In the UK there are nearly six million un-paid carers, and it can be a demanding job.
For lots of carers, taking care of someone is an important and fulfilling role but nonetheless, there can be strains and worries, and if you’re a carer it’s likely that you’ll need help and support at some point.
Read our top tips below as a reminder to take good care of yourself too, and for more advice and support visit www.stchristophers.org.uk/carers or see some of the links at the bottom of this post.
5 Self care tips for
1. Feel It, whatever “It” may be
laughter, sadness, anger, guilt, relief. It’s ok to not be ok, and it is ok to have fun and enjoy yourself. You’re allowed to experience emotions and have the space to express them. If you ever feel like your emotions are becoming a problem, then reach out for support; there are a lot of great online services to help if you are unable to meet someone face to face.
2. Remember you are still You
You have your own care needs, and whatever they may be they need to be recognised and dealt with. It is not selfish to take time for or care for yourself. Try to find the time or space to make yourself feel well, keep up with your own GP appointments and aim to keep your own hobbies and interests.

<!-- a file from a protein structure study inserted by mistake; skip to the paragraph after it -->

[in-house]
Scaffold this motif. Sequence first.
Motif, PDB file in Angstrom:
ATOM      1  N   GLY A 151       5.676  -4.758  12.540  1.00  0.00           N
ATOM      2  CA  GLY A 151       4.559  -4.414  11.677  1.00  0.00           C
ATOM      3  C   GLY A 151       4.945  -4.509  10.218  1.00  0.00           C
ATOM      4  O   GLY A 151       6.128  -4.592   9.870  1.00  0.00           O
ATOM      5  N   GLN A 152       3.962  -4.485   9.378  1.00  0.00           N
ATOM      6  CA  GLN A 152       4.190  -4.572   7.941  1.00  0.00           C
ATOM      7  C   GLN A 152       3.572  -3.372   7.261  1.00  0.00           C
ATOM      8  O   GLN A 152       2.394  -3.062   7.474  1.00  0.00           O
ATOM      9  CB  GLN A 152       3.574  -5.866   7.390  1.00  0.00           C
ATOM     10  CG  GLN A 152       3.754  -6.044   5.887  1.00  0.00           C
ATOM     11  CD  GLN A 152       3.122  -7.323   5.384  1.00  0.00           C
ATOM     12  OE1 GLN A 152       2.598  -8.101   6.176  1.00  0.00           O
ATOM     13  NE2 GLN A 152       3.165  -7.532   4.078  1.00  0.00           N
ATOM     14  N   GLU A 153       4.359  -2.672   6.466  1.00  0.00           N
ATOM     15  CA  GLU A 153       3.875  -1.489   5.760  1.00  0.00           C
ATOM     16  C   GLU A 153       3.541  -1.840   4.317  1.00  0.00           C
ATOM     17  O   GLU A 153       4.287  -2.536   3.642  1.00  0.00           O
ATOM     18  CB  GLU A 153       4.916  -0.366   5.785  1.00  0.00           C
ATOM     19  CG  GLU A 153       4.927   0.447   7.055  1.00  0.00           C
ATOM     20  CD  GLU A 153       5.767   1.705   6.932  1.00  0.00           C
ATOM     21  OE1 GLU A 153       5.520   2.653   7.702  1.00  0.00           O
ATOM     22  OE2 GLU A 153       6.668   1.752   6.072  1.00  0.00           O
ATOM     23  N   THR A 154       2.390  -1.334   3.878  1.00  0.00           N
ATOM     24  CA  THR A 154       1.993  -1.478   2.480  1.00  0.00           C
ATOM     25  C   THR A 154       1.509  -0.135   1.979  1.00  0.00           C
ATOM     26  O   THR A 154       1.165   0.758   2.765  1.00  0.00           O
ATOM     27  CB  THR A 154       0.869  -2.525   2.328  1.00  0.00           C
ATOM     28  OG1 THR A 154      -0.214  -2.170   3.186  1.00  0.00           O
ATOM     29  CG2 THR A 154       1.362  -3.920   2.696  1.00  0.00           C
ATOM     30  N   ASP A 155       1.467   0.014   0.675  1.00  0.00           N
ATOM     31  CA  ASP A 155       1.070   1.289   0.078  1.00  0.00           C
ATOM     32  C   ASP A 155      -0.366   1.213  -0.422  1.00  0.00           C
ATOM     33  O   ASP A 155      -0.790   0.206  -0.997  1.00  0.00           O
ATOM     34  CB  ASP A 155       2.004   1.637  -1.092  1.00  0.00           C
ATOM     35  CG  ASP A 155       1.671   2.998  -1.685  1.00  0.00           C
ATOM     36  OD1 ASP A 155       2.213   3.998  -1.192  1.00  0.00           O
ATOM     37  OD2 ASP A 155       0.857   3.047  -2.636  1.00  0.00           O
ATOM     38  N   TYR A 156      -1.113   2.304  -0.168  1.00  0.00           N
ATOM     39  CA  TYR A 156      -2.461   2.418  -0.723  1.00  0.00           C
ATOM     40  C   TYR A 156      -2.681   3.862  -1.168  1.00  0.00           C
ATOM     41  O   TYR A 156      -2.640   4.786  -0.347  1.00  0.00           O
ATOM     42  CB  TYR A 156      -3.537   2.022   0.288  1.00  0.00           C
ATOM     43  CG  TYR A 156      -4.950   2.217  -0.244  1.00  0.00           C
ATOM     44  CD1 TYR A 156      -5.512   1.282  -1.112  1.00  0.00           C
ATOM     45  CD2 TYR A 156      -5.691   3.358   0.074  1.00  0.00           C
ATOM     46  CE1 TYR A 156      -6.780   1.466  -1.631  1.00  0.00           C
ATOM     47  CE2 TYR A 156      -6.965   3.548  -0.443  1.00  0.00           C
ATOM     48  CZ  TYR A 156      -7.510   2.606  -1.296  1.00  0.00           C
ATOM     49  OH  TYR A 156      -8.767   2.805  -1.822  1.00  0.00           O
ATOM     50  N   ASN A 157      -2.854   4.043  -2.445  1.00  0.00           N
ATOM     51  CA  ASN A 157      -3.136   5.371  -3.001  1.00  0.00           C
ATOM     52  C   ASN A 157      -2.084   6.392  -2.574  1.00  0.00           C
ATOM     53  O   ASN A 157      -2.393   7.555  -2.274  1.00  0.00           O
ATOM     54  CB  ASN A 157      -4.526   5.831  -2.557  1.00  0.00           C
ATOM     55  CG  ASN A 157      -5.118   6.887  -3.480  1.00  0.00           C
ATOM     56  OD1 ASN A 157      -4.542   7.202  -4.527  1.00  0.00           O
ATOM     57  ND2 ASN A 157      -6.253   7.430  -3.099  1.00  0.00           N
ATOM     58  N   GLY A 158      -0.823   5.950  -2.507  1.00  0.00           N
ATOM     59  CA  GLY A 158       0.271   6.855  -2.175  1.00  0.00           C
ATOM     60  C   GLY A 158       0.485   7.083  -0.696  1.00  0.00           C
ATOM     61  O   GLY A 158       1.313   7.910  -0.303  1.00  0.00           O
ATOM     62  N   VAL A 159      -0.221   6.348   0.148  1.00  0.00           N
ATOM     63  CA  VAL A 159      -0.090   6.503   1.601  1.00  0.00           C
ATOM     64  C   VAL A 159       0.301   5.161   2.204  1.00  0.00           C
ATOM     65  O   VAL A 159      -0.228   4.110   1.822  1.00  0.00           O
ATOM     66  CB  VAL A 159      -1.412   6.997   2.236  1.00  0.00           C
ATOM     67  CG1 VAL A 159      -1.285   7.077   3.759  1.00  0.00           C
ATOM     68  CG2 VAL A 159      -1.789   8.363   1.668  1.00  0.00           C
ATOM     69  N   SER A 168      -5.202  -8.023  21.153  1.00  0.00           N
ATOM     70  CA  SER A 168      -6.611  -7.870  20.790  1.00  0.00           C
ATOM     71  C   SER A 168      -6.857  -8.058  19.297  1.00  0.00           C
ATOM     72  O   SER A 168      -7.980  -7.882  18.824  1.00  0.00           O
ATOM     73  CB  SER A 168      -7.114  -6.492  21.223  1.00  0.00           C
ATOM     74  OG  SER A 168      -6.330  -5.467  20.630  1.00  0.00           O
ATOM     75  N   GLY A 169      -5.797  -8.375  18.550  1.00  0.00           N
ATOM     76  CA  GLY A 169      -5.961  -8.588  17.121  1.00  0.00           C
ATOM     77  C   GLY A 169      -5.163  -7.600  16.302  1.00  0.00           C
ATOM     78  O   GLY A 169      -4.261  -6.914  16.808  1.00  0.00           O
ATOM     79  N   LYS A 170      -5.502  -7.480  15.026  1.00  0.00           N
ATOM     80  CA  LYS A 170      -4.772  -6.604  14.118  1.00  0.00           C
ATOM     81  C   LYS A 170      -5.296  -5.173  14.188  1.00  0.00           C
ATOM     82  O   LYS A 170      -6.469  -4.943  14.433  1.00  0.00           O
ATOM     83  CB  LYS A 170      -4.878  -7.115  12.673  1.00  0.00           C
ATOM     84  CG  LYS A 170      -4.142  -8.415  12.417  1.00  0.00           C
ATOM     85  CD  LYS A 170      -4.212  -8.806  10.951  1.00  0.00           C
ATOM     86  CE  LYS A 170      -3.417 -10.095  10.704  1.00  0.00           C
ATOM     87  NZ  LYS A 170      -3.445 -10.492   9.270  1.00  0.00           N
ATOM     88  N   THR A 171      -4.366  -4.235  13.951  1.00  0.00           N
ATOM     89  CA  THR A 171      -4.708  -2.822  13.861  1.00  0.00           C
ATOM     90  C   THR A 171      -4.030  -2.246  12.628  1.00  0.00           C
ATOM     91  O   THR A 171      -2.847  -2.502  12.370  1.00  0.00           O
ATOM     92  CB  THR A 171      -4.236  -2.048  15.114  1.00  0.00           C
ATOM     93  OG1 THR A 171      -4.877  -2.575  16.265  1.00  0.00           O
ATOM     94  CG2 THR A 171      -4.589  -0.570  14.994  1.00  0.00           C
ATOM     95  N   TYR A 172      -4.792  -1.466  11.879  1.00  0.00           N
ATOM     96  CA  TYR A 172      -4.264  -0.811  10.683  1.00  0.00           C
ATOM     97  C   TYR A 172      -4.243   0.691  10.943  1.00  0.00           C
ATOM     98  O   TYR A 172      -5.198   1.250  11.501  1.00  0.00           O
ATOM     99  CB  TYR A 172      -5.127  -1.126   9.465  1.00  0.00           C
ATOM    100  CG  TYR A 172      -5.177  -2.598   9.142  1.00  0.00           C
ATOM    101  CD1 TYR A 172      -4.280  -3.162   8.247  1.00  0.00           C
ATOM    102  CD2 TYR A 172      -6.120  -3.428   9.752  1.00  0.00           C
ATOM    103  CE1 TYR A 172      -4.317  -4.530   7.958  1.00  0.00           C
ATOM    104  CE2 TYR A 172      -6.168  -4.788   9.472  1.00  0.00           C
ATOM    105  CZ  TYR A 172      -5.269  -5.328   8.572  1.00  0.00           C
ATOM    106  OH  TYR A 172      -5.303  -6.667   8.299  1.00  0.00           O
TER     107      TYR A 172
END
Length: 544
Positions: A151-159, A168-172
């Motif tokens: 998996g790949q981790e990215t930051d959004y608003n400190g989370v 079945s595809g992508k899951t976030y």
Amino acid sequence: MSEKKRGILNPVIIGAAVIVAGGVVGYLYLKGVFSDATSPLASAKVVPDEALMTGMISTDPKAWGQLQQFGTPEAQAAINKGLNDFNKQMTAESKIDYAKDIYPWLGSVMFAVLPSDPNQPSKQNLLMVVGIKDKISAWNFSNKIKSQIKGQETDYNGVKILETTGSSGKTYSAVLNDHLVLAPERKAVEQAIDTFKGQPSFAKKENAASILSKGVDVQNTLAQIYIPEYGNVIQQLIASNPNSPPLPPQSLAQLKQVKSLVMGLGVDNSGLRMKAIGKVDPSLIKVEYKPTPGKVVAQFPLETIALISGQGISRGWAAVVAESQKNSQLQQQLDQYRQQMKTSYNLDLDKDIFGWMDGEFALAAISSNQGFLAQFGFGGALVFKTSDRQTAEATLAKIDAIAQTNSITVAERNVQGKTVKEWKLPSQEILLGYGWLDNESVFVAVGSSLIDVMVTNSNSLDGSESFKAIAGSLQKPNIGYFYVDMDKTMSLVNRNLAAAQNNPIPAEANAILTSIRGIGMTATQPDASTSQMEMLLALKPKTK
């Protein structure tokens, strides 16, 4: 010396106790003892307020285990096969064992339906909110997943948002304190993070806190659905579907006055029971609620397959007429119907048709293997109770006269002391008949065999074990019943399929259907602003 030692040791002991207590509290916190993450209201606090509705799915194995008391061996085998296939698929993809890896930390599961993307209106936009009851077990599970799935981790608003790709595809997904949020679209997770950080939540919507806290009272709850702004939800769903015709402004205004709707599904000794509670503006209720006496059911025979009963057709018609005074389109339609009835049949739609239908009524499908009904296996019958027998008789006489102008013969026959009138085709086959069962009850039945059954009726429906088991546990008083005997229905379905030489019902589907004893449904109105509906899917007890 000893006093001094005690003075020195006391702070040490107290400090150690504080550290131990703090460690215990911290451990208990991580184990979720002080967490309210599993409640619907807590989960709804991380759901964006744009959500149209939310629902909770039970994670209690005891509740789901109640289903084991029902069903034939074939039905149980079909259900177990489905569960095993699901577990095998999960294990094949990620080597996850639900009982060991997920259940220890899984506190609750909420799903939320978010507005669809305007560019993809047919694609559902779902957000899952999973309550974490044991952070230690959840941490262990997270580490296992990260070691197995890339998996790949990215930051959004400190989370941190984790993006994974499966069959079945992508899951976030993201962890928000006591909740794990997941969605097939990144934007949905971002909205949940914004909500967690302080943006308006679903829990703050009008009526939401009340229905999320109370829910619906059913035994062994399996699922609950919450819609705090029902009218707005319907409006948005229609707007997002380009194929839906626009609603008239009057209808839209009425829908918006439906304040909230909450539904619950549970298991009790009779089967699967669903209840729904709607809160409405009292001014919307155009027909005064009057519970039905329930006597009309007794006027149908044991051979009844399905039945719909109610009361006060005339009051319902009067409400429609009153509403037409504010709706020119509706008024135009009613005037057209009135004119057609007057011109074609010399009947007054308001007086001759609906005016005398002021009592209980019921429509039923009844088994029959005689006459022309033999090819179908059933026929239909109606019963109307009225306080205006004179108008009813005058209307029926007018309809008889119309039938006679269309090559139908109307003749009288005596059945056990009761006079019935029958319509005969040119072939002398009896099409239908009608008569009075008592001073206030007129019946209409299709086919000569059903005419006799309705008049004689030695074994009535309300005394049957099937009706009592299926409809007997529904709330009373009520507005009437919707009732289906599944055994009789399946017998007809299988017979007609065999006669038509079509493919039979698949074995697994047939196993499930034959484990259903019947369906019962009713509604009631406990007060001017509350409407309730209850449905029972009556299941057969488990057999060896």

3. Remember to eat, drink and sleep!
These needs often go by the wayside and can be most disrupted in your caring role. Aim to eat nutrient dense foods, drink plenty of water and be mindful of alcohol intake. Good nutrition can help with energy levels and overall health. Many caring duties are 24/7, and so trying to maintain good sleep habits and asking for time to allow you to sleep is vital. Check out ways to improve your sleep.
4. Listen to your body
Often caring can be physically demanding. Where possible, try to make sure you stretch your body and find time for physical activity you enjoy. This may be at home, something like yoga or dancing, or you may be able to attend a gym session or go for a run. If you feel at any point you may have put too much stress on your body, speak to a professional to ensure it doesn’t get worse.
5. Ask for help
You can speak to professionals at your local Carer’s Centre or your GP. If you have a friend or family member you can speak to them to let them know how you’re feeling. It is ok to need support, and it’s better to look into the resources available to you long before you may need them. A lot of great services exist in the community to provide advice and support for both yourself and your loved one.
Mental health support